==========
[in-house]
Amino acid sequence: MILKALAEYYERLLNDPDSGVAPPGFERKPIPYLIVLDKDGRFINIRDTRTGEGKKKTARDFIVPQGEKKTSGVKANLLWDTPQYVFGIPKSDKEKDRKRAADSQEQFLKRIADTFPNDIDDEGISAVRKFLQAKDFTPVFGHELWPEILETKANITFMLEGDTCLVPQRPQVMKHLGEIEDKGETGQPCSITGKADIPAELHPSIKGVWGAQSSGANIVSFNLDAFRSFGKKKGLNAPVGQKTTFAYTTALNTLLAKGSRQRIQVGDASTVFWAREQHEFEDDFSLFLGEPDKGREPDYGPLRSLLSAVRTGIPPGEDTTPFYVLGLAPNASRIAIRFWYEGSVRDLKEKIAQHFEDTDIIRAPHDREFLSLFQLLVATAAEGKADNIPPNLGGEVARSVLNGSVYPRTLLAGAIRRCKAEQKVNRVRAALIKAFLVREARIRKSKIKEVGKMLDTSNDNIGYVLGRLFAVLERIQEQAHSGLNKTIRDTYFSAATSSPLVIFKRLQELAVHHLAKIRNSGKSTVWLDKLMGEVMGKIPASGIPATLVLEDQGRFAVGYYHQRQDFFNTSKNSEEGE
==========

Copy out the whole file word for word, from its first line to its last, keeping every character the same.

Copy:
[in-house]
Amino acid sequence: MILKALAEYYERLLNDPDSGVAPPGFERKPIPYLIVLDKDGRFINIRDTRTGEGKKKTARDFIVPQGEKKTSGVKANLLWDTPQYVFGIPKSDKEKDRKRAADSQEQFLKRIADTFPNDIDDEGISAVRKFLQAKDFTPVFGHELWPEILETKANITFMLEGDTCLVPQRPQVMKHLGEIEDKGETGQPCSITGKADIPAELHPSIKGVWGAQSSGANIVSFNLDAFRSFGKKKGLNAPVGQKTTFAYTTALNTLLAKGSRQRIQVGDASTVFWAREQHEFEDDFSLFLGEPDKGREPDYGPLRSLLSAVRTGIPPGEDTTPFYVLGLAPNASRIAIRFWYEGSVRDLKEKIAQHFEDTDIIRAPHDREFLSLFQLLVATAAEGKADNIPPNLGGEVARSVLNGSVYPRTLLAGAIRRCKAEQKVNRVRAALIKAFLVREARIRKSKIKEVGKMLDTSNDNIGYVLGRLFAVLERIQEQAHSGLNKTIRDTYFSAATSSPLVIFKRLQELAVHHLAKIRNSGKSTVWLDKLMGEVMGKIPASGIPATLVLEDQGRFAVGYYHQRQDFFNTSKNSEEGE